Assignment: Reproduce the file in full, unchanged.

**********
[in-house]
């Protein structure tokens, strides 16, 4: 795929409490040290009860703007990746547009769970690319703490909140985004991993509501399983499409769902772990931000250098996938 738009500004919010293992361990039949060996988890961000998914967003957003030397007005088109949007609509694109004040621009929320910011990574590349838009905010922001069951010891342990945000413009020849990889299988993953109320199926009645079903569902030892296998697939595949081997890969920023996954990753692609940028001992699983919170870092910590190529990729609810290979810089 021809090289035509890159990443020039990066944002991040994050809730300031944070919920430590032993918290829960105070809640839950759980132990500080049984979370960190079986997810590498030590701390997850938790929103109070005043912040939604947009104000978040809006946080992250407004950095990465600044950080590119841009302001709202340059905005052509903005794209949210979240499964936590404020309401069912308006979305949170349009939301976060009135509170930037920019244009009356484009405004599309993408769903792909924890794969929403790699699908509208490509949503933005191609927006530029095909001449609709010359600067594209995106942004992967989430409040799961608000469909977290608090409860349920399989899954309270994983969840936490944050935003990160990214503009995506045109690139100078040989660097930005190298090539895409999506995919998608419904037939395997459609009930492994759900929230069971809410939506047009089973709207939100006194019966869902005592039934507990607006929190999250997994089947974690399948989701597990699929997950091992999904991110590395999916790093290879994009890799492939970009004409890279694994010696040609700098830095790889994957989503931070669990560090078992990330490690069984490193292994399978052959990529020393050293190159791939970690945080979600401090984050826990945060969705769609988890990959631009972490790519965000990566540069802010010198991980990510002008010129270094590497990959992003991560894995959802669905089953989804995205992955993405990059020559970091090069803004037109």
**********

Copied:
[in-house]
């Protein structure tokens, strides 16, 4: 795929409490040290009860703007990746547009769970690319703490909140985004991993509501399983499409769902772990931000250098996938 738009500004919010293992361990039949060996988890961000998914967003957003030397007005088109949007609509694109004040621009929320910011990574590349838009905010922001069951010891342990945000413009020849990889299988993953109320199926009645079903569902030892296998697939595949081997890969920023996954990753692609940028001992699983919170870092910590190529990729609810290979810089 021809090289035509890159990443020039990066944002991040994050809730300031944070919920430590032993918290829960105070809640839950759980132990500080049984979370960190079986997810590498030590701390997850938790929103109070005043912040939604947009104000978040809006946080992250407004950095990465600044950080590119841009302001709202340059905005052509903005794209949210979240499964936590404020309401069912308006979305949170349009939301976060009135509170930037920019244009009356484009405004599309993408769903792909924890794969929403790699699908509208490509949503933005191609927006530029095909001449609709010359600067594209995106942004992967989430409040799961608000469909977290608090409860349920399989899954309270994983969840936490944050935003990160990214503009995506045109690139100078040989660097930005190298090539895409999506995919998608419904037939395997459609009930492994759900929230069971809410939506047009089973709207939100006194019966869902005592039934507990607006929190999250997994089947974690399948989701597990699929997950091992999904991110590395999916790093290879994009890799492939970009004409890279694994010696040609700098830095790889994957989503931070669990560090078992990330490690069984490193292994399978052959990529020393050293190159791939970690945080979600401090984050826990945060969705769609988890990959631009972490790519965000990566540069802010010198991980990510002008010129270094590497990959992003991560894995959802669905089953989804995205992955993405990059020559970091090069803004037109």